Sociology majors take five required courses and five elective courses, for a total of ten Sociology courses.
The following five courses are required of all Sociology majors:
SOC 1001 Principles of Sociology
SOC 4300 Social Class in America
SOC 4600 Research Methodology
SOC 4725 Social Theory
SOC 4740 Statistical Analysis
The Department strongly recommends that students majoring in Sociology take SOC 4300, SOC 4600, SOC 4725, and SOC 4740 by the end of their junior year.
Sociology majors’ five elective courses may be chosen from the following list of regularly offered courses:
SOC 2050 Social Work
SOC 3150 Social Movements
SOC 3300W Sociology of Education
SOC 3370 Urban Sociology
SOC 3400 Population Problems
SOC 3450 Sociology of the Family
SOC 3600 Sociology of Health
SOC 3850 Sociology of Aging
SOC 4810/4815 Directed Study
SOC 4860/4865 Social Service Field Work
In addition to the required and elective courses in Sociology, the Department recommends that students develop proficiency in a foreign language as part of their undergraduate curriculum. Languages in which there is a sociological literature and which are taught at Merrimack College include French, Italian, and Spanish.
Sociology students are permitted, and often encouraged, to pursue a course of study that involves a double major in a related social science department such as Psychology, Political Science, or Economics. Nonetheless, a major in Sociology also makes sense with disciplines outside the social sciences (English, Fine Arts, History, Philosophy, Religious Studies, or World Languages and Cultures), or outside the liberal arts either in business, or in the natural sciences.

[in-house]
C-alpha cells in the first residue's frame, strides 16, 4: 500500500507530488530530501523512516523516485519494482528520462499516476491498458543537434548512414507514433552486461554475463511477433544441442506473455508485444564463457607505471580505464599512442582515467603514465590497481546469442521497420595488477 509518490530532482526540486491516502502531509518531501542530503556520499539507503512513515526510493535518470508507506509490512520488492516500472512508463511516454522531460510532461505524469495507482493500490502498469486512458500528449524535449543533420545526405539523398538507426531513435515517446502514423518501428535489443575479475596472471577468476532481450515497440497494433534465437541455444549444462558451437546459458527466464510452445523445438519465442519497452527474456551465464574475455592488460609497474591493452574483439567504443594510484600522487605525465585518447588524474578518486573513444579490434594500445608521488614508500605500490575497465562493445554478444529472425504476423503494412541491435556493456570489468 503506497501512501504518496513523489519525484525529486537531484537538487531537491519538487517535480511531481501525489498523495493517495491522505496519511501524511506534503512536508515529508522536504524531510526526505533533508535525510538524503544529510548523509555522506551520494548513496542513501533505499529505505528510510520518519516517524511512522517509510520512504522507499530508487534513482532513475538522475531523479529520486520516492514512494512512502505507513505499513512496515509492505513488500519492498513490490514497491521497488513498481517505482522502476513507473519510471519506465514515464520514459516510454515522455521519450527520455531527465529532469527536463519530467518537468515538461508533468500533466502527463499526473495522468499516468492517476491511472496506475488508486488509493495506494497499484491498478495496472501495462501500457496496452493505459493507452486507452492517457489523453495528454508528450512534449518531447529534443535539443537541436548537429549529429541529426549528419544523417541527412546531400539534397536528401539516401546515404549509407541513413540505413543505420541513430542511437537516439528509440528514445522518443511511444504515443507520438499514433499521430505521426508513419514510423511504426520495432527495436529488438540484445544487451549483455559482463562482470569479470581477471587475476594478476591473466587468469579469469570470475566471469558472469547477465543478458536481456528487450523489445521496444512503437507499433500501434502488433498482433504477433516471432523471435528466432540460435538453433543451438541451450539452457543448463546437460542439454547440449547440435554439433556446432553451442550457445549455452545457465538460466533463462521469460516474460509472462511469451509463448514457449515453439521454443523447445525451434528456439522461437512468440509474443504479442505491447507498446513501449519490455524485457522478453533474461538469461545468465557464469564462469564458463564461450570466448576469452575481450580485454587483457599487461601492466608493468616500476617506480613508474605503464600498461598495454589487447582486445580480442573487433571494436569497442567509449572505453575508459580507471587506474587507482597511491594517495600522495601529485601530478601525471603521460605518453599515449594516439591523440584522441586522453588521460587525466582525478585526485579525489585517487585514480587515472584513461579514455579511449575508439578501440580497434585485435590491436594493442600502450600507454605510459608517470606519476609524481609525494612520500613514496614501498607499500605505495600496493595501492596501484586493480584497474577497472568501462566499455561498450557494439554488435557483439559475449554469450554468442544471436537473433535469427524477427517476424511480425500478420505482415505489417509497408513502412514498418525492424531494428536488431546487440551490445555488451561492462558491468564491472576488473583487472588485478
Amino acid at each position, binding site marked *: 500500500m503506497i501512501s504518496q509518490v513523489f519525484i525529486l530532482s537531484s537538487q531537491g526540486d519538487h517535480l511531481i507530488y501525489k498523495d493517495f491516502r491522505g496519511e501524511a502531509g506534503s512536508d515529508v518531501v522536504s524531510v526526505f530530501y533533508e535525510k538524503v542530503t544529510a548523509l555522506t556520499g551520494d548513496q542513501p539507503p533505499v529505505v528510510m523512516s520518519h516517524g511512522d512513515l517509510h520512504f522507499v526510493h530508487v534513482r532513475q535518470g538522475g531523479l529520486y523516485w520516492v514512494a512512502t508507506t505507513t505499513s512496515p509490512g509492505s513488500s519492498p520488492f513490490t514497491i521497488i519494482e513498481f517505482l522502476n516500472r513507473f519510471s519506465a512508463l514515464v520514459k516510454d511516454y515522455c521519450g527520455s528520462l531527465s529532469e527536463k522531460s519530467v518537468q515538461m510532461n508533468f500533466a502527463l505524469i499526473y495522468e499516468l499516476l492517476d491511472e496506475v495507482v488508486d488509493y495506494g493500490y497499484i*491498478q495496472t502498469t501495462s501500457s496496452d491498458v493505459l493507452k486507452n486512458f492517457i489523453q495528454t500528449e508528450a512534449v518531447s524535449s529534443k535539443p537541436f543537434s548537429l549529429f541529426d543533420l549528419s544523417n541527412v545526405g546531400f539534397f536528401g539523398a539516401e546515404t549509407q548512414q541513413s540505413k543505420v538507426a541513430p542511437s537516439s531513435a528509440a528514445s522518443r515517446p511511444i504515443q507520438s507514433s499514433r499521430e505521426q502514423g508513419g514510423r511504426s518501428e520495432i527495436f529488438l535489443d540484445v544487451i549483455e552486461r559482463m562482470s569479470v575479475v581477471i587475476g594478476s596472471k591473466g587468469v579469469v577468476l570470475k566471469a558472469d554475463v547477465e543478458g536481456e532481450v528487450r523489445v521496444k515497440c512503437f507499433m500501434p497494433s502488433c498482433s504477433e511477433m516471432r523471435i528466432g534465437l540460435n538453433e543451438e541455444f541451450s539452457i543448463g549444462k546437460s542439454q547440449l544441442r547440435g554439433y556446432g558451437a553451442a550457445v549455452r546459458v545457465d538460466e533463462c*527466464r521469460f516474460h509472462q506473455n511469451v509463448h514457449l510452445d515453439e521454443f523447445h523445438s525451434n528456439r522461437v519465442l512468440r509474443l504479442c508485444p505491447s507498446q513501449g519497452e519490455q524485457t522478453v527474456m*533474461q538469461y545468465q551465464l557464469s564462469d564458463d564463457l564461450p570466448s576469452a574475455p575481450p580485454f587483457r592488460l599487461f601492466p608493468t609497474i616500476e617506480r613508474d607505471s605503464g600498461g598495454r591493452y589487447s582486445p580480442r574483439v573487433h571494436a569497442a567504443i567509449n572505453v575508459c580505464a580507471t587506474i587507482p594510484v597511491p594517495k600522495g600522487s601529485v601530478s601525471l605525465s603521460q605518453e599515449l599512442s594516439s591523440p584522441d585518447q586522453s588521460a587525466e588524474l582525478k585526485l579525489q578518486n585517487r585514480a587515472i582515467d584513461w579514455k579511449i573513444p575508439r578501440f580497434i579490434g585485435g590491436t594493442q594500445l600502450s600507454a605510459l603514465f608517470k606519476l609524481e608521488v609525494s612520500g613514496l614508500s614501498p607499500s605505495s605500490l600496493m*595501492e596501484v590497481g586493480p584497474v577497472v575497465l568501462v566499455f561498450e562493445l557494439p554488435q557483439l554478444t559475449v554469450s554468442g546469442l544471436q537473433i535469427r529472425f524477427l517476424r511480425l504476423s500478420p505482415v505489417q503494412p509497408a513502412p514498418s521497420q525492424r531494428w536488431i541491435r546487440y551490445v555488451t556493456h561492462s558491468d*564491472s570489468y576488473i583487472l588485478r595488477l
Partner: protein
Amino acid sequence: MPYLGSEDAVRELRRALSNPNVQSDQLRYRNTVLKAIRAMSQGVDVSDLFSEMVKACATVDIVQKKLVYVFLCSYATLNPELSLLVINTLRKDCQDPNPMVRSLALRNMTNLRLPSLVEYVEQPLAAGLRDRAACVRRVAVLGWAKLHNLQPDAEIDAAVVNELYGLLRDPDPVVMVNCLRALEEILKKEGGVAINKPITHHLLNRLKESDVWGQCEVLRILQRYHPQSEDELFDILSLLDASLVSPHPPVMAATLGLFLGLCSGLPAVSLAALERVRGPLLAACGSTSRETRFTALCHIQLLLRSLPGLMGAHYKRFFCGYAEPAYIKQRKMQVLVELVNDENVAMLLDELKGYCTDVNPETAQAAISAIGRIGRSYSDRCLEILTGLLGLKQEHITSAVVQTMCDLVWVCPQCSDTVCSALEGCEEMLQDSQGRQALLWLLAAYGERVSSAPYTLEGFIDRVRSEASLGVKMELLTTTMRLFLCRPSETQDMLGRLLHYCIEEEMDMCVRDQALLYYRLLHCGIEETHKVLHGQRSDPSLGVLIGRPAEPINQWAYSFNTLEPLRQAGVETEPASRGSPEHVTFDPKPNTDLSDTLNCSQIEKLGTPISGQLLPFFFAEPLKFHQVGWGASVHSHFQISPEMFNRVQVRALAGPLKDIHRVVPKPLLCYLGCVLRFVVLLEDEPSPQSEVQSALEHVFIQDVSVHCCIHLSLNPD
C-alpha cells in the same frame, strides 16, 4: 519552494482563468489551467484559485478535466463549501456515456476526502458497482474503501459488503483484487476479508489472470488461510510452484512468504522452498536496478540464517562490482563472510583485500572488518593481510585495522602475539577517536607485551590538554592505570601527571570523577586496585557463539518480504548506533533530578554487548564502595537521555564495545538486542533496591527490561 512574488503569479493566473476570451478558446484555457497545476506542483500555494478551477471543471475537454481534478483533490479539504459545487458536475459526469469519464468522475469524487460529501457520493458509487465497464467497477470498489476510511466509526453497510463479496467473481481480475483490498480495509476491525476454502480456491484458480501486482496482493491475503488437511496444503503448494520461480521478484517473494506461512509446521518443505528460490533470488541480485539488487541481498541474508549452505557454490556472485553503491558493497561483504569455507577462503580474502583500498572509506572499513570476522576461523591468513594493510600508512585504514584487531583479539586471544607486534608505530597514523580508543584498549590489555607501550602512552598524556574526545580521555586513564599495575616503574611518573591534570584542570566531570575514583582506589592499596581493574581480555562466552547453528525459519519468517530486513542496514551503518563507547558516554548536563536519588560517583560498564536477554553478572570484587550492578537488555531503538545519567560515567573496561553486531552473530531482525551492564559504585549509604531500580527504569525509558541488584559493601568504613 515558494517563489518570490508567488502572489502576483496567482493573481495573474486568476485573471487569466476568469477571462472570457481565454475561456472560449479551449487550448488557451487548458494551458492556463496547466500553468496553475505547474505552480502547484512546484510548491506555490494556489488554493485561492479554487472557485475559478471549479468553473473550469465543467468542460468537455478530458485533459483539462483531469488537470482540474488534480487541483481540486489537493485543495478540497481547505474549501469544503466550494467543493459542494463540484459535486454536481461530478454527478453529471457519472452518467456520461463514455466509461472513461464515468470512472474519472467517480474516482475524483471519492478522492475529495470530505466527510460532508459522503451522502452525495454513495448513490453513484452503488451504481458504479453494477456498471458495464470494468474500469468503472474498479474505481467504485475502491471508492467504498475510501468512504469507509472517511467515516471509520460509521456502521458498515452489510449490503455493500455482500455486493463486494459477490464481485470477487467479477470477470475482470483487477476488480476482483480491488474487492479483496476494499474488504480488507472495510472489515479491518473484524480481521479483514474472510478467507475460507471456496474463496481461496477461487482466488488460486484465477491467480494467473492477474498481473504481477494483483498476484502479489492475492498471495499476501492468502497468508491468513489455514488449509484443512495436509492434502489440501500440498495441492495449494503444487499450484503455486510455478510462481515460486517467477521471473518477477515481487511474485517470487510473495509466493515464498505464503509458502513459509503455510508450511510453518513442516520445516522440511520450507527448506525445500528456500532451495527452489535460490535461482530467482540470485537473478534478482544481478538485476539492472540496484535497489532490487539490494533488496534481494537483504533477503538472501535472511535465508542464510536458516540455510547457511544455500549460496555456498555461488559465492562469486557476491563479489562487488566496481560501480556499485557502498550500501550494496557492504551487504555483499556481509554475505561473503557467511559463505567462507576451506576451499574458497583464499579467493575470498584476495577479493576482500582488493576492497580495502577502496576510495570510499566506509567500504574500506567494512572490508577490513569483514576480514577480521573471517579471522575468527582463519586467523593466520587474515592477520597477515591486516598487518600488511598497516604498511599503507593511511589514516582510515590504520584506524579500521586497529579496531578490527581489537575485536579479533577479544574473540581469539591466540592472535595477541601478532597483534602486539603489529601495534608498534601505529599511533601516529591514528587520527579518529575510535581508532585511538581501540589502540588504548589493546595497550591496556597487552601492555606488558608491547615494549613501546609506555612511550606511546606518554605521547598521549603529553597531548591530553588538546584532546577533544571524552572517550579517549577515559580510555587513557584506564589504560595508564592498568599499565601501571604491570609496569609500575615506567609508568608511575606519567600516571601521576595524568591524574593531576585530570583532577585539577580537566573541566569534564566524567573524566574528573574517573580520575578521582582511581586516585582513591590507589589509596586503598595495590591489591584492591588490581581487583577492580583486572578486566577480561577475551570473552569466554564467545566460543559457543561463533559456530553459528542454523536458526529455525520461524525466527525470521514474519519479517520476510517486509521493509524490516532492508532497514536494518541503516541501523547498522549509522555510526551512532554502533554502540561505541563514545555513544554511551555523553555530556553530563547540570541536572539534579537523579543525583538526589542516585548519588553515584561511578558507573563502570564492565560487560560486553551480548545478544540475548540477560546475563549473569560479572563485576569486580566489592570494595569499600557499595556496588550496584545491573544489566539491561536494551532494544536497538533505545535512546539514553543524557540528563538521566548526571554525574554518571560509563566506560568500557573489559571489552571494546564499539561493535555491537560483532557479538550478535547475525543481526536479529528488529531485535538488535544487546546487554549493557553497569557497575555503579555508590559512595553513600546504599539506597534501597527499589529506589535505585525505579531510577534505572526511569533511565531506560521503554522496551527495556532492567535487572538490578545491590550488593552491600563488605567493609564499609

Sociology majors also have a wide choice, depending on career intentions, on selecting a minor. Often Sociology majors select a minor in one of the related social science departments such as Psychology, Political Science, Economics, or Women’s Studies. But again, a major in Sociology may also decide to minor in a discipline outside the social sciences or outside the liberal arts either in business, or in the natural sciences. For those wishing to pursue a career in public health, for example, a double major or minor in Biology or Health Sciences makes sense. For those who wish to work in the area of human resources, a double major or minor in Business is a sensible option to consider. For students considering careers in social work or human services, a double major or minor in World Languages and Cultures, especially Spanish, is advisable. In today’s post-modern, global society, the sociological perspective provides a valuable type of critical thinking and informed analysis that is increasingly required in other areas of study. In addition to the major and minor programs in the Department, Sociology students also may create a self-designed major that allows them to do interdisciplinary work with a strong sociological focus.
The required courses in Sociology provide a solid foundation for students who wish to pursue graduate study in Sociology. It also serves as an excellent preparation for students considering a graduate degree in law, criminal justice, conflict resolution, public health, social work, gerontology, human services, public administration, human resources, journalism, or business.